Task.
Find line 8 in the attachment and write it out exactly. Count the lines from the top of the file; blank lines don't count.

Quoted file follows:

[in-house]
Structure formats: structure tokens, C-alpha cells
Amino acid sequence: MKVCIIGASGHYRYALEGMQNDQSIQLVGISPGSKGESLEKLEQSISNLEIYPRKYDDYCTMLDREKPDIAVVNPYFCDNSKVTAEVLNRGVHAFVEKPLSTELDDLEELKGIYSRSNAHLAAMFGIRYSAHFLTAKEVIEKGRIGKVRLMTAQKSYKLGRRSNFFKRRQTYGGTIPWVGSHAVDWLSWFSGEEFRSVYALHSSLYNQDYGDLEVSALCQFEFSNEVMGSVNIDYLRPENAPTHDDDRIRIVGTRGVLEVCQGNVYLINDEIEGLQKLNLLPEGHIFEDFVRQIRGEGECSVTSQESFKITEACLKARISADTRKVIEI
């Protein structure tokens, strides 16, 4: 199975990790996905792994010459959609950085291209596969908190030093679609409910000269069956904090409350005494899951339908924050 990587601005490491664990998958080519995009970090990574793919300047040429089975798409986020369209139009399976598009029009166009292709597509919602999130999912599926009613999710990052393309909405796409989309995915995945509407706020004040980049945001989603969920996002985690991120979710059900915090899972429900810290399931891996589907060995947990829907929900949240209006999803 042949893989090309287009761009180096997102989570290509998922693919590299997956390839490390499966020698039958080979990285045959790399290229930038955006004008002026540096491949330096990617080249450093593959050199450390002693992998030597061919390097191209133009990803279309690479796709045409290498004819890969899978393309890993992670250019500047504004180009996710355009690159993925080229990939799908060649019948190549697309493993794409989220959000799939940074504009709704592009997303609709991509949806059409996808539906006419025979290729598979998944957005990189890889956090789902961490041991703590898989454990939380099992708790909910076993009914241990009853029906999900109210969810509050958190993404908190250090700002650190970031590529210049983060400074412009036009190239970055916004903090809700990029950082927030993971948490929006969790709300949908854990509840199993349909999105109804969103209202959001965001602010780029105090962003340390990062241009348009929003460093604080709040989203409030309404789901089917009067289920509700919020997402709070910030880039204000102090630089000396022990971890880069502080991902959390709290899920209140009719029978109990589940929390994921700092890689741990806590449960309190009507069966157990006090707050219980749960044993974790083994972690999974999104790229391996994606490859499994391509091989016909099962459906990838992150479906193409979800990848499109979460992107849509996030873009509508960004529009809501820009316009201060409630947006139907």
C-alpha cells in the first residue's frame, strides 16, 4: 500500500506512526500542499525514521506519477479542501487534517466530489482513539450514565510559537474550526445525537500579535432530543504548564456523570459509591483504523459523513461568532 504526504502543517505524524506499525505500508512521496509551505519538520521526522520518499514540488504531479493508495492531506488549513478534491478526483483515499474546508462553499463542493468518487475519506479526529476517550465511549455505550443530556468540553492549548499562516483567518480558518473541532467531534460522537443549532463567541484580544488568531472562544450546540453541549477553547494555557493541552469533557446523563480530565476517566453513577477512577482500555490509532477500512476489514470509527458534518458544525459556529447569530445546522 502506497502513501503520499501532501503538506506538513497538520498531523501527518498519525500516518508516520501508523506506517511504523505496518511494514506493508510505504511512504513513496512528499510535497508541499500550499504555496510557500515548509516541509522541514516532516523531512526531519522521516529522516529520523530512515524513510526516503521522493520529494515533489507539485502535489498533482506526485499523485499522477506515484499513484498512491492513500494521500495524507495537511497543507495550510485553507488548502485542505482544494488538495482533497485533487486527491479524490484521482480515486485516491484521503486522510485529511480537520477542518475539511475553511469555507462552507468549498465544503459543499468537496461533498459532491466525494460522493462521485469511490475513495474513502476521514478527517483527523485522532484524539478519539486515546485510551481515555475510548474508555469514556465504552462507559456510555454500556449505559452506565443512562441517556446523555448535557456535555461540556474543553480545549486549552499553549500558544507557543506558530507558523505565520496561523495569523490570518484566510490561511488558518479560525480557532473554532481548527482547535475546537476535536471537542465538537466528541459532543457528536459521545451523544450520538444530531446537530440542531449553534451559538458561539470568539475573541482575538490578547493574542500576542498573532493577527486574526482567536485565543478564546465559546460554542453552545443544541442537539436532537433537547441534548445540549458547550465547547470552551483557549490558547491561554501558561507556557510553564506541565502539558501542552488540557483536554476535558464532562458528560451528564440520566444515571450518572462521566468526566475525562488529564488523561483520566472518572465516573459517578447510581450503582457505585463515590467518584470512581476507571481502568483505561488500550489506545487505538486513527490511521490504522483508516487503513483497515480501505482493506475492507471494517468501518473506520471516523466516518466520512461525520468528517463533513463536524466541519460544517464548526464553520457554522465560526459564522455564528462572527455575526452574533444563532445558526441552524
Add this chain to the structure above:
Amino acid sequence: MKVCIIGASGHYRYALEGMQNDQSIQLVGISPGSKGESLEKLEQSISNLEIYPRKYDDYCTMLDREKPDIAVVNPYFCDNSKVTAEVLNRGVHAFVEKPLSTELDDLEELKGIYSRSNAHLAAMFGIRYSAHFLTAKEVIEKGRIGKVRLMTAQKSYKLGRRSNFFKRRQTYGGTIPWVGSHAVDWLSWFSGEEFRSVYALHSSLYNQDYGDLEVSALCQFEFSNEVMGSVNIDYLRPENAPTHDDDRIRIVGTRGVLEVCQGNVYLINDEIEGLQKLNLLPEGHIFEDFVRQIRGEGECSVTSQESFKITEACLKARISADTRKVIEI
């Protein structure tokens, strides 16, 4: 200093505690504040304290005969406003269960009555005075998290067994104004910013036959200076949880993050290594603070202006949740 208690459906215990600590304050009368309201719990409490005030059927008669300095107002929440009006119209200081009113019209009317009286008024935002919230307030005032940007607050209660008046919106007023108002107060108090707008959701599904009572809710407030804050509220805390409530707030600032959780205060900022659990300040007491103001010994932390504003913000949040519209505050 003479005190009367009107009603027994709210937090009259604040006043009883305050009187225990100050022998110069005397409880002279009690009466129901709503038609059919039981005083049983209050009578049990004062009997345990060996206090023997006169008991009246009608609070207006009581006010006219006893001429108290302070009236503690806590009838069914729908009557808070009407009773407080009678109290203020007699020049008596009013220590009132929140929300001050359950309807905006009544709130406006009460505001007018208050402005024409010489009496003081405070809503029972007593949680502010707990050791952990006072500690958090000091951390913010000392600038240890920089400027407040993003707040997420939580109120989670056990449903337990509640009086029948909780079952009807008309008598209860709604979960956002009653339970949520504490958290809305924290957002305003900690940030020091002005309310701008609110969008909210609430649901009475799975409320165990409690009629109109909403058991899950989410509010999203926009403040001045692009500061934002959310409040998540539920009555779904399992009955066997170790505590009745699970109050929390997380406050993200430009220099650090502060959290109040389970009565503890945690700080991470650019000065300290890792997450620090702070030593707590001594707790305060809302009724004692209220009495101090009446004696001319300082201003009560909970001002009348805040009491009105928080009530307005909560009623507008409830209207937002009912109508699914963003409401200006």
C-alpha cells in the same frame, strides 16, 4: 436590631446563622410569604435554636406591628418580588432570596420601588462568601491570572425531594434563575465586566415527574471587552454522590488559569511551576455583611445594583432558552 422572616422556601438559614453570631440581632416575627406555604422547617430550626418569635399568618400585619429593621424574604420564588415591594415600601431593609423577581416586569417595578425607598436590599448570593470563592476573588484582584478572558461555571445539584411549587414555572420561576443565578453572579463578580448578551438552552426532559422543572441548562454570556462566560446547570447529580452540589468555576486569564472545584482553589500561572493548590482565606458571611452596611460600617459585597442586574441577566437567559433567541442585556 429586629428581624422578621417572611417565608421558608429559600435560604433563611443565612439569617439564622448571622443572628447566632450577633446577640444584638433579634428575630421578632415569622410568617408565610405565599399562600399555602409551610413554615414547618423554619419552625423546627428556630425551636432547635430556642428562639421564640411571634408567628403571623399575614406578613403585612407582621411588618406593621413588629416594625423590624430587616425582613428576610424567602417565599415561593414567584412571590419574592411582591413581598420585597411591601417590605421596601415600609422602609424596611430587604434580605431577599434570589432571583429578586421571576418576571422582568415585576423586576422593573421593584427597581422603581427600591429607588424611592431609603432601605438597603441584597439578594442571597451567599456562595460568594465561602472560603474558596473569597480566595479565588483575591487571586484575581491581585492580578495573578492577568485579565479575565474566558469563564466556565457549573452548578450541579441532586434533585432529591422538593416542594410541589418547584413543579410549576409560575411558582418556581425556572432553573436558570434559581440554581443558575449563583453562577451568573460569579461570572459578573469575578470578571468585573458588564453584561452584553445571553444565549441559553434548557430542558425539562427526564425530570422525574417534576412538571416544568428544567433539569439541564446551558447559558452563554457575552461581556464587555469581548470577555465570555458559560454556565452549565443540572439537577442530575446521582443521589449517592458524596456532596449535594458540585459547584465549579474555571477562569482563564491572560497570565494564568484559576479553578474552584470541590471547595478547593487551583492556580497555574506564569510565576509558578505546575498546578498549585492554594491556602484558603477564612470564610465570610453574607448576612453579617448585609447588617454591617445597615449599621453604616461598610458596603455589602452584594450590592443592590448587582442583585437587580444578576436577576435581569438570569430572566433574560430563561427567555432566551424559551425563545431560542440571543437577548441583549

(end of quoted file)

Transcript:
């Protein structure tokens, strides 16, 4: 200093505690504040304290005969406003269960009555005075998290067994104004910013036959200076949880993050290594603070202006949740 208690459906215990600590304050009368309201719990409490005030059927008669300095107002929440009006119209200081009113019209009317009286008024935002919230307030005032940007607050209660008046919106007023108002107060108090707008959701599904009572809710407030804050509220805390409530707030600032959780205060900022659990300040007491103001010994932390504003913000949040519209505050 003479005190009367009107009603027994709210937090009259604040006043009883305050009187225990100050022998110069005397409880002279009690009466129901709503038609059919039981005083049983209050009578049990004062009997345990060996206090023997006169008991009246009608609070207006009581006010006219006893001429108290302070009236503690806590009838069914729908009557808070009407009773407080009678109290203020007699020049008596009013220590009132929140929300001050359950309807905006009544709130406006009460505001007018208050402005024409010489009496003081405070809503029972007593949680502010707990050791952990006072500690958090000091951390913010000392600038240890920089400027407040993003707040997420939580109120989670056990449903337990509640009086029948909780079952009807008309008598209860709604979960956002009653339970949520504490958290809305924290957002305003900690940030020091002005309310701008609110969008909210609430649901009475799975409320165990409690009629109109909403058991899950989410509010999203926009403040001045692009500061934002959310409040998540539920009555779904399992009955066997170790505590009745699970109050929390997380406050993200430009220099650090502060959290109040389970009565503890945690700080991470650019000065300290890792997450620090702070030593707590001594707790305060809302009724004692209220009495101090009446004696001319300082201003009560909970001002009348805040009491009105928080009530307005909560009623507008409830209207937002009912109508699914963003409401200006």